Review – The Female of the Species

The Female of the SpeciesThe Female of the Species by Mindy McGinnis
Synopsis from GoodReads:
Alex Craft knows how to kill someone. And she doesn’t feel bad about it. When her older sister, Anna, was murdered three years ago and the killer walked free, Alex uncaged the language she knows best. The language of violence.

While her crime goes unpunished, Alex knows she can’t be trusted among other people, even in her small hometown. She relegates herself to the shadows, a girl who goes unseen in plain sight, unremarkable in the high school hallways.

But Jack Fisher sees her. He’s the guy all other guys want to be: the star athlete gunning for valedictorian with the prom queen on his arm. Guilt over the role he played the night Anna’s body was discovered hasn’t let him forget Alex over the years, and now her green eyes amid a constellation of freckles have his attention. He doesn’t want to only see Alex Craft; he wants to know her.

So does Peekay, the preacher’s kid, a girl whose identity is entangled with her dad’s job, though that does not stop her from knowing the taste of beer or missing the touch of her ex-boyfriend. When Peekay and Alex start working together at the animal shelter, a friendship forms and Alex’s protective nature extends to more than just the dogs and cats they care for.

Circumstances bring Alex, Jack, and Peekay together as their senior year unfolds. While partying one night, Alex’s darker nature breaks out, setting the teens on a collision course that will change their lives forever.

Oh man why did it take me so long to pick this book up?

I’ve read two of McGinnis’s books before (A Madness so Discreet and, more recently, Not a Drop to Drink) and loved both, but The Female of the Species blows both of them out of the water.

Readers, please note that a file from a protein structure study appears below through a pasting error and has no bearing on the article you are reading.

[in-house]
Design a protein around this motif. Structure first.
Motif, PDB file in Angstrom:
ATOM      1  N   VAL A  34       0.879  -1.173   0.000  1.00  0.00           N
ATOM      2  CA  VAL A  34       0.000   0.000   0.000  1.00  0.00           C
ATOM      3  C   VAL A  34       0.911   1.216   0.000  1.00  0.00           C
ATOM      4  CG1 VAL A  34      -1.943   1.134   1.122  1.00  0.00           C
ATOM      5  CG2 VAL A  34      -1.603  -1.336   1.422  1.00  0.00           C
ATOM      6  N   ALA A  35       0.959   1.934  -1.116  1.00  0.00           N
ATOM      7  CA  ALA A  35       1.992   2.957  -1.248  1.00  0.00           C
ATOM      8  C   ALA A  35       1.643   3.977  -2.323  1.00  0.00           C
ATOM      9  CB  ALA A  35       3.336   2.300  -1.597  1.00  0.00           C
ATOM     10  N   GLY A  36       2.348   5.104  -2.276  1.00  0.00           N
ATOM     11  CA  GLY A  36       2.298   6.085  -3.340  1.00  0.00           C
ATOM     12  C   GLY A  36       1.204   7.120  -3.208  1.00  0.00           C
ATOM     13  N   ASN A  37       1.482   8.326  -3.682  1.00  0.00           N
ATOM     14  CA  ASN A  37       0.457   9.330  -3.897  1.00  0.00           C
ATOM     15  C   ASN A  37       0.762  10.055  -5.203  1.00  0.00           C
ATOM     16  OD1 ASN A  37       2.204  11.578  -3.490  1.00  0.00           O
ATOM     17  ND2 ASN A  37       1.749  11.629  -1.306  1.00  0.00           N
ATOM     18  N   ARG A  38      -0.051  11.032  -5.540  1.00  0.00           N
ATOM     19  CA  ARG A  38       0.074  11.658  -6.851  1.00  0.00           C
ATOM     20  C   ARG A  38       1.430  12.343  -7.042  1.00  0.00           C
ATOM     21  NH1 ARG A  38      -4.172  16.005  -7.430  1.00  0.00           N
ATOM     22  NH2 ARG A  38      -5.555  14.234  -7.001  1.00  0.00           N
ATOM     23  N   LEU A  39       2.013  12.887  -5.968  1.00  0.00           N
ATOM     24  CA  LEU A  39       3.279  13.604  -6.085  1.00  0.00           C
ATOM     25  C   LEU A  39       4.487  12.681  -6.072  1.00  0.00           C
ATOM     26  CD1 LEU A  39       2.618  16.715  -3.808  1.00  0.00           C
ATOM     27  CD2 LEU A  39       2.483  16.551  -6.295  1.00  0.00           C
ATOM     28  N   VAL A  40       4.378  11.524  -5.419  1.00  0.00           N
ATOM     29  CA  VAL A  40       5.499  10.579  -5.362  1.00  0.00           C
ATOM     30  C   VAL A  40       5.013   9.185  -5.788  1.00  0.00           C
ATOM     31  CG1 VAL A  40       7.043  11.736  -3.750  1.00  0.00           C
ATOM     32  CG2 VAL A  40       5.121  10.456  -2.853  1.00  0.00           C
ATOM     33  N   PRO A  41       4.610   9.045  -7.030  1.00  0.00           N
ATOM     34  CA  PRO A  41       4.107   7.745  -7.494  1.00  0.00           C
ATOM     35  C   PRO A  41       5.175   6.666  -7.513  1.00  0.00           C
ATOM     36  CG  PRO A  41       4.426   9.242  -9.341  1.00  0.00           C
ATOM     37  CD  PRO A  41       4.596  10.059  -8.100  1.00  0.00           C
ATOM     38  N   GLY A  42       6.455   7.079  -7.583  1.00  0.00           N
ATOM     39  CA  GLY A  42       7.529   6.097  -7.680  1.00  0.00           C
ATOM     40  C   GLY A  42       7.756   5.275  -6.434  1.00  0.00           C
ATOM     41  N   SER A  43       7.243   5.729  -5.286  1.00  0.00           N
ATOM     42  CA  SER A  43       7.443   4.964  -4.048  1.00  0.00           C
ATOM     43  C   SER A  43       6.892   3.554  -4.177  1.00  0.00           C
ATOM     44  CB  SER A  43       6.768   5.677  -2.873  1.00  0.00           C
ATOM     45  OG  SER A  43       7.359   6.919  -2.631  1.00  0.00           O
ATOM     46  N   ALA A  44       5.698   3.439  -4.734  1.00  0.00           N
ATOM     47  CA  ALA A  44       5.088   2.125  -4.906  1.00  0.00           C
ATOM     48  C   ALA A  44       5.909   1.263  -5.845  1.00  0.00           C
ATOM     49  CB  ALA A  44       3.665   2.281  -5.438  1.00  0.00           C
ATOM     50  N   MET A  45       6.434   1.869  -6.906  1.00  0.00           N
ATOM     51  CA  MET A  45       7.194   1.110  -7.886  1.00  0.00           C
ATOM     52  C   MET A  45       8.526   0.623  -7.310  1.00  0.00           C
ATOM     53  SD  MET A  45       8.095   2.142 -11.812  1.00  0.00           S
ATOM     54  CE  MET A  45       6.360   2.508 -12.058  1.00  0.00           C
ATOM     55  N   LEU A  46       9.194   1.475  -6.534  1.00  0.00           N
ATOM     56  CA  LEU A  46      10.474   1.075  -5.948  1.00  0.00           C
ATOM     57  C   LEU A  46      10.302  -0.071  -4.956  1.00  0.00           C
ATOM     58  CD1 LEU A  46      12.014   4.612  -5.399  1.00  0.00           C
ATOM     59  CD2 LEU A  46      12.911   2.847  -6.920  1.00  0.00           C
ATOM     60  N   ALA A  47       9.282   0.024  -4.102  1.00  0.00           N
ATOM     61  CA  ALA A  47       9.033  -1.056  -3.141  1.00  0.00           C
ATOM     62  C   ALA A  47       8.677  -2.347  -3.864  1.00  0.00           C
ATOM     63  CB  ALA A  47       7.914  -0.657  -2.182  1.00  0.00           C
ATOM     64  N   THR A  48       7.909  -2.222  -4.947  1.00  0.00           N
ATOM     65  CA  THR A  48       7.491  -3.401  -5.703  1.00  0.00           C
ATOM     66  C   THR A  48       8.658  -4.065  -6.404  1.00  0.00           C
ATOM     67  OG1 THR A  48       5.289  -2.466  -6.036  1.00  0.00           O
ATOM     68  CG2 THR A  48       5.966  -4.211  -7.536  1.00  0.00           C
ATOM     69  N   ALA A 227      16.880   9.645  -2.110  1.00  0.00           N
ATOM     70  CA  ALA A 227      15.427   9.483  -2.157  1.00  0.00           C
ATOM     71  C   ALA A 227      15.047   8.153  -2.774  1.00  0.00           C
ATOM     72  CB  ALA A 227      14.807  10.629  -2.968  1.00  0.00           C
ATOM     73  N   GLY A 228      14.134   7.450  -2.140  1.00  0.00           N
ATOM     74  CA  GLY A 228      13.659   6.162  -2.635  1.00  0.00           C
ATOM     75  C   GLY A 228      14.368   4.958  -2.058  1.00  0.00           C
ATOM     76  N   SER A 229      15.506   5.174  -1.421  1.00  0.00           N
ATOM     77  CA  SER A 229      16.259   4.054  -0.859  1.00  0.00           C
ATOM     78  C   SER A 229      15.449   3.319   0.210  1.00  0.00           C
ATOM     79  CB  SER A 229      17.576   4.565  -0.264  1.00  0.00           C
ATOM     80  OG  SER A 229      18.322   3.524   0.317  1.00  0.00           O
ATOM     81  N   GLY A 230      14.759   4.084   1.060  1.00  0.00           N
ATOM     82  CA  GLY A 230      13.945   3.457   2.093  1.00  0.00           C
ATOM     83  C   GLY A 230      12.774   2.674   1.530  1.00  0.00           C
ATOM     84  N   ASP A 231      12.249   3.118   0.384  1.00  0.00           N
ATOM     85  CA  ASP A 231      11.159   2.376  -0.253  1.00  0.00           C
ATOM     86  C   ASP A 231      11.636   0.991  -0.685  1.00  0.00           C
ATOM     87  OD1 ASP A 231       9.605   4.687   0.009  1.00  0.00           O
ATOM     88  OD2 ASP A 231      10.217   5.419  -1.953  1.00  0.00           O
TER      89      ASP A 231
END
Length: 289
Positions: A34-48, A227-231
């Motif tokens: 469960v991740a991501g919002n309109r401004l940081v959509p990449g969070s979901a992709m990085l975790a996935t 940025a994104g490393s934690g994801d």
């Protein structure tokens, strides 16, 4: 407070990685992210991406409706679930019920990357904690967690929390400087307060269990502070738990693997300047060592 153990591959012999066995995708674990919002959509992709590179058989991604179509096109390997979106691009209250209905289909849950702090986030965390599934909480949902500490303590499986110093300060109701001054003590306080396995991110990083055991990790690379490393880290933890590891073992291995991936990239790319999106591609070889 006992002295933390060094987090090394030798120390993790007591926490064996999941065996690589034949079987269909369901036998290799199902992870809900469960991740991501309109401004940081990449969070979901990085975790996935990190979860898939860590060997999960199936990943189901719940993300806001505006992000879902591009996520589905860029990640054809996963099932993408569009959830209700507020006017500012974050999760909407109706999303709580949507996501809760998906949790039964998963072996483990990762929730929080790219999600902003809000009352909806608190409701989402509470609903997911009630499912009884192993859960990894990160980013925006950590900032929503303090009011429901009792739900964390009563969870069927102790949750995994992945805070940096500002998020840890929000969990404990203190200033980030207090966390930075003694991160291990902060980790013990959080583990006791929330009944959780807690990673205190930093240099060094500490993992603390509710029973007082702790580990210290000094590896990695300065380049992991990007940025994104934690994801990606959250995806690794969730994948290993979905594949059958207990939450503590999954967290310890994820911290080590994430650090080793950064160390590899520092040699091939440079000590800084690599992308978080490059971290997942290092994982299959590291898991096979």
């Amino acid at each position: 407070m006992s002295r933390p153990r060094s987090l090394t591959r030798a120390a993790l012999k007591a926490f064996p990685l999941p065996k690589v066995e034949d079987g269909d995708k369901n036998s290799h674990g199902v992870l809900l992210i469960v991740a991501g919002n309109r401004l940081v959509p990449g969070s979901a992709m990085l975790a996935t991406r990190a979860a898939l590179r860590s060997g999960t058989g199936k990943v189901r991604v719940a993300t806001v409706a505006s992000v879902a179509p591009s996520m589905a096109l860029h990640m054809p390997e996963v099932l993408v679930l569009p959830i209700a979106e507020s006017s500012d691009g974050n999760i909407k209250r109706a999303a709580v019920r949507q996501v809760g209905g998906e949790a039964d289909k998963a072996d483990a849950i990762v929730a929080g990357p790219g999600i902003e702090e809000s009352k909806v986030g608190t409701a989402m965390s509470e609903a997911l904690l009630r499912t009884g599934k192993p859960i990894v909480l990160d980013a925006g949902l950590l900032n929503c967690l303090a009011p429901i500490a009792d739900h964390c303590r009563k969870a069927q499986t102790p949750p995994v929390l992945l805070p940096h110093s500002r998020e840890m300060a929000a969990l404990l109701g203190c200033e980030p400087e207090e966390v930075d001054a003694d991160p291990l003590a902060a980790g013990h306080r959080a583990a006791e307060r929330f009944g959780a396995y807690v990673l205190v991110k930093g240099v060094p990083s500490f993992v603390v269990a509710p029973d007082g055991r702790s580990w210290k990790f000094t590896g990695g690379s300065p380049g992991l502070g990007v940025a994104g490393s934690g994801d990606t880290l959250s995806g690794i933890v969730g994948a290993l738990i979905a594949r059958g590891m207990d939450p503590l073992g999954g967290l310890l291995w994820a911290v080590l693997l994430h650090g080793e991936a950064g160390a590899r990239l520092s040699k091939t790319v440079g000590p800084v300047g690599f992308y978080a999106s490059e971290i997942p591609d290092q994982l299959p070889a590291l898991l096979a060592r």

McGinnis’s writing style remains sparse, evocative, and beautiful.  She expertly paints locales with only a few short sentences and brings complex characters – real people – to life.  I’ve had some occasional quibbles about how truly realistic her characters have been in her other novels but I felt no doubts in this one.  I’ve known these people.  Not just the three viewpoint characters, but Park and Adam and Branley and Sara and Ray and Mrs. Hendricks and the parents… There wasn’t a single character in this novel who I didn’t recognize.

I think that’s one of the reasons this novel hit me so hard.  The knowing.  I’m not from a town as small as the one that Alex and the others call home, but I know what it’s like to know people without knowing them, to make those snap judgments, and so on.

The other reason the novel hits so hard is, of course, the subject matter.  Unlike with A Madness so Discreet, McGinnis keeps the darkness simmering away for the whole novel instead of letting up even a little bit.  We’re reminded of the sharp edges and contradictions that exist in all of us, alongside the smoothed out faces we work so hard to present.  But the secrets and the ‘valleys’ are always there and McGinnis doesn’t let us forget that – nor does she let us forget the danger inherent in both the world and our selves.

Having said that, I have to say that my favorite part was Officer Nolan’s assembly towards the beginning of the book.  I wish so much that more police and schools would handle the anti-drug/alcohol assemblies like that because it would be so much more effective.  Of course it helped that Branley got singled out, leading to the rape joke and thus allowing Nolan to make his point more effectively, which could be done thanks to the narrative, but still.  The whole ‘names and faces’ to the statistics – to both sides of the statistics, victim and attacker – was brilliant.

And of course I can’t review this book without mentioning the wonderful, beautiful female friendships.  That Girlfriend Pact Emergency chapter was simply lovely, and I liked Alex’s reactions to it, showing us that she’s changed since the start of the novel but also showing us changes in Peekay and Sara, and not just in who they’re willing to let into their lives.

Having three completely different narrators really helped keep the story moving, and I was never confused about whose head I was in – although I’m not going to complain about the chapter headings telling us exactly who’s chapter it was.  Each of the trio had a different piece of the narrative to contribute and each of them felt authentic.  Their high school experience might be completely different from mine, but I still understood where they were all coming from and could sympathize with their struggles, their emotions, and their journeys.

5 out of 5, cannot recommend highly enough.  Seriously, this book was amazing.

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